Ever since Jurassic Park made it famous (the dinos were created using blood from a mosquito trapped in an ancient piece of Amber), Amber has intrigued people. Strictly speaking, it is not a stone at all but is a fossilised resin – exuded from an unnamed pine tree millions of years ago. Though Baltic ones are thought to be fossil resins from sciadopityaceae family trees that were abundant in north Europe. And as I recently learnt, from a trip to Ambermart in Gdansk, Poland, the birthplace of Amber, it is made into a variety of decorative objects, jewellery and even used in medicine.
Myths Around Amber
The lure of amber dates back to many centuries ago. Local doctors believe that the resin helps to balance the emotions, clear the mind and release negative energy. It eases stress by clearing phobias and fears, but more than anything else, it is a lovely warm stone to wear.
The Greek myth around it is rather fascinating too. Apparently, when Phaëton, son of Helios (the Sun), was killed, his mourning sisters became poplar trees, and their tears became elektron, or amber. In fact, this name of amber also illustrates amber’s ability to bear a static electricity charge.
Ambling for Amber
Amber is found globally, but is more prominent in regions where rocks of the Cretaceous age are found. These deposits are aplenty in the Baltic region – specifically in Prussia – along the Samland Coast, that lies to the west of Konigsberg. Nearly 90% of the world’s produce is still located in this region.
So how is amber mined? Mostly, pieces of amber are wrenched off the bed of the oceans in this region and since amber floats on water, these are usually collected by hand. In Gdansk, where I went, the beach glistens with tiny pieces of amber (that locals think nothing about, because it is just so abundant!) Dredging or diving are also ways in which amber is collected commercially. Amber is also mined, both in open areas as well as in underground mines called ‘galleries’. Once raw amber has been collected (and the size ranges from as small as a golf ball to as large as a football at times), the specks of the earth are carefully removed. The opaque crust around the amber is cleaned by revolving the pieces in barrels of sand and water to gently slough off the rocky deposits.
After this, the amber is ready to be polished. I polished some using sandpaper of different grades – but it is done using machines for a professional finish.
Sometimes, the impurities within the resin make it very prized indeed (yeah, I am harking back to Jurassic Park again!). These impurities (called inclusions) can include fossilized insects, mosquitoes, leaves, buds, sand crystals – anything at all. Some inclusions lend a completely different hue to the amber. Pyrites, for example, make the amber appear blue. Bony amber, that looks like yellow ivory, owes its cloudy opacity to numerous tiny bubbles inside the resin. Speaking of colour, while it is natural and mostly, a yellow-orange-brown-rust colour, it can also be whitish or pale lemon yellow to dark chocolate brown, grey or black. Red amber (called cherry amber), green amber and blue amber are rather highly prized and priced.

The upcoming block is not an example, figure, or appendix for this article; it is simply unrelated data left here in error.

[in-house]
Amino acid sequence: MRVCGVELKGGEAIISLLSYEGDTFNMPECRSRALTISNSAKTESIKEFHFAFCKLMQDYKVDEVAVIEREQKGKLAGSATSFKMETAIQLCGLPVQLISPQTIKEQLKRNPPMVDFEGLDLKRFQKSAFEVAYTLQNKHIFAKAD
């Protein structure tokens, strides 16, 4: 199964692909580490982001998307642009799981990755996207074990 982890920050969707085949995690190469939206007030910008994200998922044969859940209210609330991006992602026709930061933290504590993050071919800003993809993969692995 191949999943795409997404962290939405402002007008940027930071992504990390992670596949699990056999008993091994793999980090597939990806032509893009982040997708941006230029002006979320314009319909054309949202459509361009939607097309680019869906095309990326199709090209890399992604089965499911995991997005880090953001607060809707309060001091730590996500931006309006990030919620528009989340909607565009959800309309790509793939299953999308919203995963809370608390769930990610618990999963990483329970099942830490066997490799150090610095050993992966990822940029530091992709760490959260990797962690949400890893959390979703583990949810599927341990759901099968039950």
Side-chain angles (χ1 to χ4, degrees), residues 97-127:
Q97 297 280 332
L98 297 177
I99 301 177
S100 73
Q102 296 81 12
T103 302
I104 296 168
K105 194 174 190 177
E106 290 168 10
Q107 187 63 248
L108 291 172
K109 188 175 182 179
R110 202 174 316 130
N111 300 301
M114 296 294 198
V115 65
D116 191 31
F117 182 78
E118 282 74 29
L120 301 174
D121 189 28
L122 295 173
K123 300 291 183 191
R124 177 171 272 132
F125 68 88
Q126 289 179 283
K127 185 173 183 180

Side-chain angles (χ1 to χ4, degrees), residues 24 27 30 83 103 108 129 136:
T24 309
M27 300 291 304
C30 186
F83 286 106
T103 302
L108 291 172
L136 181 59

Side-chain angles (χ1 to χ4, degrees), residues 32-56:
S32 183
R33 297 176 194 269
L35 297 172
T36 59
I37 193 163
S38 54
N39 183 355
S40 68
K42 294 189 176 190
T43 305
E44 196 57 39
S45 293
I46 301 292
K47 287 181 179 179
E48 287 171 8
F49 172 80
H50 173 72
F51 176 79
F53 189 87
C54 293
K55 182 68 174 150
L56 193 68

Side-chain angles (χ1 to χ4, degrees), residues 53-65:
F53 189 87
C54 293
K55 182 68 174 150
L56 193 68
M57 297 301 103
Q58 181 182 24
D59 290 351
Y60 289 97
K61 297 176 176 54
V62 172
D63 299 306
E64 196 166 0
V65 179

Innovating with Amber
The Art7 design studio in Gdansk is a leading hub of contemporary and groundbreaking innovations in amber jewellery. Led by Wojciech Kalandyk, the studio has worked experimentally with amber for many years. Their speciality is to discover new unexpected qualities of the material – in structure, shape and colour. When I spoke with Mr Kalandyk, he was bubbling with enthusiasm about the experiments he is doing. “Amber’s most popular use is for ornamentation—easily cut and polished, it can be transformed into beautiful jewellery. The ART7 GOLDEN LEGEND collection of necklaces has amber covered in 24-carat gold. The collection focuses on underlining naturalness and exceptionality of amber – that is why it comprises also designs incorporating natural white amber, so-called “chalk” amber. For our new “Black Dress” collection, we heat treat the stones’ surfaces which, as a result, change their colour to black. This ‘black amber’ is interpreted in a unique style and in unconventional formal combinations with silver. Sometimes the result is an archaic pendant on a slender gold-plated chain to wear around the neck, other times it’s a truffle-shaped stone on a ring for the finger. We are convinced that modern design solutions based on natural features of amber constitute a contemporary revival of amber in jewellery design.”
It is clear then that the revival of Poland’s rich amber tradition and its popularity around the world depends on a contemporary approach to this intriguing material.
Text and images by Aarti Kapur Singh